CA upholds ruling that solicitor did not condone partner’s £16m fraud

Taymouth Castle: £6m liability

The Court of Appeal has dismissed the latest bid by the insurer of London law firm Jirehouse – whose founder is in jail for fraud – to exclude liability for the multi-million-pound loss suffered by a client.

The court upheld the decision last year of Mr Justice Robin Knowles in rejecting Axis Specialty Europe’s argument that partner Vieoence Prentice had condoned the actions of Stephen Jones, triggering an exception to its cover.

In 2022, Mr Jones was jailed for 12 years for fraud by abuse of a position of trust following a private prosecution brought by his former client. The civil claim has been going on for some years.

The Jirehouse entities – the term used for three connected law firms – acted for Discovery Land Company, an American property developer, on its planned acquisition of historic Taymouth Castle, where Queen Victoria and Prince Albert stayed on their honeymoon.

Mr Jones misused two payments into the firm’s client account of $14m from the client in 2018 (£10.5 at the average exchange rate that year) and £5m in early 2019 from a loan dishonestly obtained by Mr Jones using the castle as security. The money has not been recovered.

Axis provided the primary layer of Jirehouse’s cover (£3m per claim, less a £250,000 excess), under which it would have to pay out unless it could show that Mr Prentice, as the firm’s other partner, condoned Mr Jones’s actions, in which case the liability would fall on the SRA Compensation Fund. There was no suggestion that he was involved in the fraud.

He resigned in 2019 after a decade at the firm, and insisted to the court that, until then, he “had not seen anything which would indicate Mr Jones was behaving as anything other than an experienced, honest and reliable solicitor”.

Axis argued that Mr Prentice was aware of Jirehouse’s financial problems and, as a result, the temptation or need for Mr Jones “to help himself to client funds”. But it submitted that he turned a blind eye.

Despite finding that Mr Prentice had lied to Jamie Smith KC – who interviewed the solicitor in 2019 at the request of Axis – and on oath, Knowles J held that his motivation was “to try to distance himself from facts and circumstances that by then he realised presented or appeared to present personal risk to him”.

He concluded: “In my judgment the true story of this case is that Mr Prentice’s standards fell well below those required in his profession. Indeed there are episodes that show he was untrustworthy and prepared to behave dishonestly.

“But these episodes were not such as to justify a conclusion that he in any way appreciated that Mr Jones could be embarked on multi-million pound fraud, extracting client monies in connection with the commercial entities with which he was involved.”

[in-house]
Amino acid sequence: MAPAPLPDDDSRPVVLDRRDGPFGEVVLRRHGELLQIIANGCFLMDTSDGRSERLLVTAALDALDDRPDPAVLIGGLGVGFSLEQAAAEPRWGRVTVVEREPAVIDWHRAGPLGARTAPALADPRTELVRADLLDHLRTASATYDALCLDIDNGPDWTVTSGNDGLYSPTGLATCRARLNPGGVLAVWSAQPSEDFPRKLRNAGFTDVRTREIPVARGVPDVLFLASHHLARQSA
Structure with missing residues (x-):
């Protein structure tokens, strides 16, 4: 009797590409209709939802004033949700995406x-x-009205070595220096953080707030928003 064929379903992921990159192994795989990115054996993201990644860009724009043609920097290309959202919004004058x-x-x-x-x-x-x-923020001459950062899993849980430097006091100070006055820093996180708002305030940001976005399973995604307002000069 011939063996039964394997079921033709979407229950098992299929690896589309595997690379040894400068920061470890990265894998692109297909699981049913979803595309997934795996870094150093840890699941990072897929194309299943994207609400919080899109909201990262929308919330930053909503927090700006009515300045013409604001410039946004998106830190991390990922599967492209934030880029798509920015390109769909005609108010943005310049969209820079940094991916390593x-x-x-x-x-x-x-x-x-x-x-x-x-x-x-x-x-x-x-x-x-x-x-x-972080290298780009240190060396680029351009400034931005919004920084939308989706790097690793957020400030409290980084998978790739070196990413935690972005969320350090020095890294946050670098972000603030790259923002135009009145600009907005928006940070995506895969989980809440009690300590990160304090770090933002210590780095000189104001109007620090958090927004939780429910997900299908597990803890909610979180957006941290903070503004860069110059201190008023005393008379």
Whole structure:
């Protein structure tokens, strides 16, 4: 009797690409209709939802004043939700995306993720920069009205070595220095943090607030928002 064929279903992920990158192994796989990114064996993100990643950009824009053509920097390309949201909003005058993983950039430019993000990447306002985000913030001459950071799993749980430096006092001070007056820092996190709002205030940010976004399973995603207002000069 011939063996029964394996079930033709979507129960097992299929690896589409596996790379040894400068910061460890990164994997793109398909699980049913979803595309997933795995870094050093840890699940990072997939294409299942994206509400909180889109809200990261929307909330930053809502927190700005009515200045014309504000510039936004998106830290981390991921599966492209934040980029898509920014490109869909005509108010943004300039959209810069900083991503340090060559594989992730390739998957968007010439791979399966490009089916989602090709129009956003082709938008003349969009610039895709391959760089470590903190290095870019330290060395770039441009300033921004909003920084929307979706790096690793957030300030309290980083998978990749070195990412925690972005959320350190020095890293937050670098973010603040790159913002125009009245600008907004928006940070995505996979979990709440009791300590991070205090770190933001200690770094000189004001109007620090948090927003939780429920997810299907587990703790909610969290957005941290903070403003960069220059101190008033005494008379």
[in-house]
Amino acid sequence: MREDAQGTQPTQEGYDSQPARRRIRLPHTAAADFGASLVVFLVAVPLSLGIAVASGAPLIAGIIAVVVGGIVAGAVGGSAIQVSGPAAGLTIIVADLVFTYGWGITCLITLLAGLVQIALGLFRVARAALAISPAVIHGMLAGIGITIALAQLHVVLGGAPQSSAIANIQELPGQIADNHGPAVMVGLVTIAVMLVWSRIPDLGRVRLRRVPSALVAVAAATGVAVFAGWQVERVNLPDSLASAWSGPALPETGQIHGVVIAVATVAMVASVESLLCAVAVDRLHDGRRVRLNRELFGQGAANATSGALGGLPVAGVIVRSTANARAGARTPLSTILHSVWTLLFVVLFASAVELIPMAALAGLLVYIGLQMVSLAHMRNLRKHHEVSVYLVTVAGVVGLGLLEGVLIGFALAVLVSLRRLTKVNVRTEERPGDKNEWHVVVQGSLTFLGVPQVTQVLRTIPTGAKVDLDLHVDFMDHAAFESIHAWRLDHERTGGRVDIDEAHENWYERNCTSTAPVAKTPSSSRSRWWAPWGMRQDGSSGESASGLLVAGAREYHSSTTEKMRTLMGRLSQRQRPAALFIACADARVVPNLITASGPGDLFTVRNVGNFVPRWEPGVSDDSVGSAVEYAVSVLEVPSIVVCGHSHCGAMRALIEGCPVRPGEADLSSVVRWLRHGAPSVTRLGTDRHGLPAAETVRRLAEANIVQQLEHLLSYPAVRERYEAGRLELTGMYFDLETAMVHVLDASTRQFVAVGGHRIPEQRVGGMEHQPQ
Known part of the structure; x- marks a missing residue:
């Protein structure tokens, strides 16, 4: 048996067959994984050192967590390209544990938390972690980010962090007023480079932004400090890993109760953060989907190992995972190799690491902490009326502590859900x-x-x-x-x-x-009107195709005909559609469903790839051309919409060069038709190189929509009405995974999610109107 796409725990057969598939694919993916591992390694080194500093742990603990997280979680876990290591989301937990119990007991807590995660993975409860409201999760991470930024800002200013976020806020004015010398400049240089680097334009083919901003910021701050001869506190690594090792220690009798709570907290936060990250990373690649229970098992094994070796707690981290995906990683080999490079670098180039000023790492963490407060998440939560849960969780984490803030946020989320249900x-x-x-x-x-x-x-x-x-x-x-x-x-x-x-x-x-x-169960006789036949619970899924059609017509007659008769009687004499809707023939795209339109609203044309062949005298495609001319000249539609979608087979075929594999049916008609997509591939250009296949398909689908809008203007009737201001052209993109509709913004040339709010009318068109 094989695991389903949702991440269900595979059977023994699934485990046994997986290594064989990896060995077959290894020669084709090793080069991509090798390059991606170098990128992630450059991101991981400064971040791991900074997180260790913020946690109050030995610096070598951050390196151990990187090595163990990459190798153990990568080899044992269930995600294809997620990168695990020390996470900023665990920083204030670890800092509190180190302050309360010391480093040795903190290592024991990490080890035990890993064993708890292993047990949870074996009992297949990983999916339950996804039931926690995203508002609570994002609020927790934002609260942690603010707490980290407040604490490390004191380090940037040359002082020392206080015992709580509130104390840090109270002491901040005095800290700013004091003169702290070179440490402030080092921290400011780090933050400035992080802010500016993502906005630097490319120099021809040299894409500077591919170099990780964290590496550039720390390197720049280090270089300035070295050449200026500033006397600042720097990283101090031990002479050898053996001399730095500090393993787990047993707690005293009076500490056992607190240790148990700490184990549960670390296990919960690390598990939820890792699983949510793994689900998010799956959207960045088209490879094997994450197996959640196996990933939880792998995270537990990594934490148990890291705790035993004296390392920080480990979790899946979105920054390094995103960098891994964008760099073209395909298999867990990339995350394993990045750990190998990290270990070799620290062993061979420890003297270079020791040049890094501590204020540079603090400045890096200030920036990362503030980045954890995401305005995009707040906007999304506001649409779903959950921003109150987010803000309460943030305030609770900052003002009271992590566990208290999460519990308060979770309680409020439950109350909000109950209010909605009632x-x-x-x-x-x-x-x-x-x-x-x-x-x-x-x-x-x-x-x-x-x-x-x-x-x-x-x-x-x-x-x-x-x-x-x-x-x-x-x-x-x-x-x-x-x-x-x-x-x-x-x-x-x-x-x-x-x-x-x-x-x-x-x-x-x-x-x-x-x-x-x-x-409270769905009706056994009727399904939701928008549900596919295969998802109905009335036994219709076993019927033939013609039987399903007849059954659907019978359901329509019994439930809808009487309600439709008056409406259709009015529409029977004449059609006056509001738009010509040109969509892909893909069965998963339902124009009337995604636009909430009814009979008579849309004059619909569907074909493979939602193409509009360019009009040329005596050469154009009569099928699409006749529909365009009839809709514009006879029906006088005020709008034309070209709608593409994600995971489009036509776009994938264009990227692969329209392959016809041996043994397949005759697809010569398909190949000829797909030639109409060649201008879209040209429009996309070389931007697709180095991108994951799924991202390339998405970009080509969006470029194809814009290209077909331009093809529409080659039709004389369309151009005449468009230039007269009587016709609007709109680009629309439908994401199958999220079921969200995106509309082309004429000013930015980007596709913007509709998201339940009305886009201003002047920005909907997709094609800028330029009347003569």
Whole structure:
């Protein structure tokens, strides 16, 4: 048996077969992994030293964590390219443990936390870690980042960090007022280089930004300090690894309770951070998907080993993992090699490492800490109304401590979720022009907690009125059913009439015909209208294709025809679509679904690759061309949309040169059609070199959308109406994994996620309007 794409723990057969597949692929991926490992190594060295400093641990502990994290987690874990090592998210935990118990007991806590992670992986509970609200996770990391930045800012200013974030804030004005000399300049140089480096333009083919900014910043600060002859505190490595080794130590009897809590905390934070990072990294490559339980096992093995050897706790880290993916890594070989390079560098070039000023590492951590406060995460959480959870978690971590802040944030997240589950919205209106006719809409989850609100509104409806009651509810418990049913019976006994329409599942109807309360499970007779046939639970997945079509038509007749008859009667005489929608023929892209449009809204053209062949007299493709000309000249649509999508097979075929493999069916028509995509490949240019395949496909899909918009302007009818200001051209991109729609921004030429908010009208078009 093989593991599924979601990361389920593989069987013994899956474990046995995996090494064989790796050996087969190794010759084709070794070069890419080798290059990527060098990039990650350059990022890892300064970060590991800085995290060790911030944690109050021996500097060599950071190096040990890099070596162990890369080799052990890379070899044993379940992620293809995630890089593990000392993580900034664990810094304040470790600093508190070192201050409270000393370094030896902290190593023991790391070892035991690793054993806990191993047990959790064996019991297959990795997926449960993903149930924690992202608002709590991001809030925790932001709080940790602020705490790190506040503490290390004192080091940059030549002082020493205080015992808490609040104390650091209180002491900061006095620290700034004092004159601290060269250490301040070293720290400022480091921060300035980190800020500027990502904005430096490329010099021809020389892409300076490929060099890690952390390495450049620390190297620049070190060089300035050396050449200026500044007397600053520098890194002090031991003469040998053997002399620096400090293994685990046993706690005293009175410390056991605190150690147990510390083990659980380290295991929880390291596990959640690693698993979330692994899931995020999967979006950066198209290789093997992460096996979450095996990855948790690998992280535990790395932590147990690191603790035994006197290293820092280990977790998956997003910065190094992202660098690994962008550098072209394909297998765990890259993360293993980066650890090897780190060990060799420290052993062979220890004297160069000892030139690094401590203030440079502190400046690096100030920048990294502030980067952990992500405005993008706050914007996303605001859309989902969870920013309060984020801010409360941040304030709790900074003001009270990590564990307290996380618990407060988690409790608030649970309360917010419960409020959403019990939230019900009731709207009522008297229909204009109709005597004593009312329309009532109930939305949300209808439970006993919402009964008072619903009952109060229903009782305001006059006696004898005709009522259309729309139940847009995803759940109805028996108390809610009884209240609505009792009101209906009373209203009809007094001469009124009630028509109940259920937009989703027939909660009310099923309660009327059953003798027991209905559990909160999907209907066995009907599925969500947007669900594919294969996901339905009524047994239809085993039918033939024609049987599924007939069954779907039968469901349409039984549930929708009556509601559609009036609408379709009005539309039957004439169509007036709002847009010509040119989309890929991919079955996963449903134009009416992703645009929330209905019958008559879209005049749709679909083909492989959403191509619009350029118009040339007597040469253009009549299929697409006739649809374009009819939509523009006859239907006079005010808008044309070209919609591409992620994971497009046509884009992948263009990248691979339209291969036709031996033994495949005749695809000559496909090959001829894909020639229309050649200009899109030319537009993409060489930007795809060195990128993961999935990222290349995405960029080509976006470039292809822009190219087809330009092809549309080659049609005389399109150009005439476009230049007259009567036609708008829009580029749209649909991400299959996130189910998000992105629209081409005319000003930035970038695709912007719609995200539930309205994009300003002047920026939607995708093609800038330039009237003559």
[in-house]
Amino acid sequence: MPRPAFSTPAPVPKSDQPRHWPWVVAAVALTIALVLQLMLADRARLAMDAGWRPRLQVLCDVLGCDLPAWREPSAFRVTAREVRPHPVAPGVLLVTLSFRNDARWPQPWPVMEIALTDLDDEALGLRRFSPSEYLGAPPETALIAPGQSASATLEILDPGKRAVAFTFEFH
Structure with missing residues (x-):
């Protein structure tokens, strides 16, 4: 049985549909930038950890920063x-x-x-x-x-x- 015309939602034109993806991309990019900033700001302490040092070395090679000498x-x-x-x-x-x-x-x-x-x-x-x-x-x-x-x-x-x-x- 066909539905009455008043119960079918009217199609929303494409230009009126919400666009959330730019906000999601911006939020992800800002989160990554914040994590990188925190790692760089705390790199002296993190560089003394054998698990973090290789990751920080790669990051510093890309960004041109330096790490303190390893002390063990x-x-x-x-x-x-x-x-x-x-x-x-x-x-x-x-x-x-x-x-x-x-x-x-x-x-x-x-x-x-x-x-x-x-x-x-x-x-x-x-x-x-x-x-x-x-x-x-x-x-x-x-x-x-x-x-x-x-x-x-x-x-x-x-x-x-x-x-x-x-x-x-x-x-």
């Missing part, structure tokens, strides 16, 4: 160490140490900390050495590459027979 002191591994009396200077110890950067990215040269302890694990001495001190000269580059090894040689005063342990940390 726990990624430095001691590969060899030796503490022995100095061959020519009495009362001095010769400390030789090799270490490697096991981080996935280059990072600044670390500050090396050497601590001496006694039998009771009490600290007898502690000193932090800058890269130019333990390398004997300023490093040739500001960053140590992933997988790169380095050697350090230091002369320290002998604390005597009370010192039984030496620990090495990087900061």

Axis founded its appeal on the adverse findings made about Mr Prentice’s honesty. Lady Justice Andrews, giving the unanimous decision of the Court of Appeal, acknowledged that in places other judges would have also given less “benign” interpretations of the solicitor’s actions.

Knowles J had nonetheless been “highly critical” of Mr Prentice but “for the reasons which he gave in the course of a lengthy, nuanced judgment which addressed the evidence in painstaking detail, the judge found that Mr Prentice’s evidence contained a mixture of truth and untruth”.

The judge expressly addressed Mr Prentice’s motive for lying and Andrews LJ found it “a rational evaluation”. She added: “We were shown no material that would begin to support a finding that the judge was not entitled to take that view.”

She concluded: “Ultimately, the judge was entitled to reject Axis’s case on condonation for the reasons which he gave. His findings about Mr Prentice’s state of mind and the reasons why he failed to make proper enquiries, and why he lied to Mr Smith KC and to the court, were not ‘rationally unsupportable’.

“His decision that there was no condonation by Mr Prentice of Mr Jones’s wrongdoing was not ‘plainly wrong’.”

The court similarly rejected Axis’s appeal against Knowles J’s decision that the two elements of the fraud should not be aggregated and treated as one claim.

Although the same property was involved and the victims of the frauds were clients who were closely related entities, “those factors are insufficient to provide the necessary link between the two transactions”, Andrews LJ said.

“As the judge also observed, the fact that the purchase of the castle provided the opportunity for Mr Jones to steal the money on both occasions does not answer the question whether the transactions fitted together.”

He reached a conclusion “which was not only open to him on a holistic assessment, but in my view plainly correct”.

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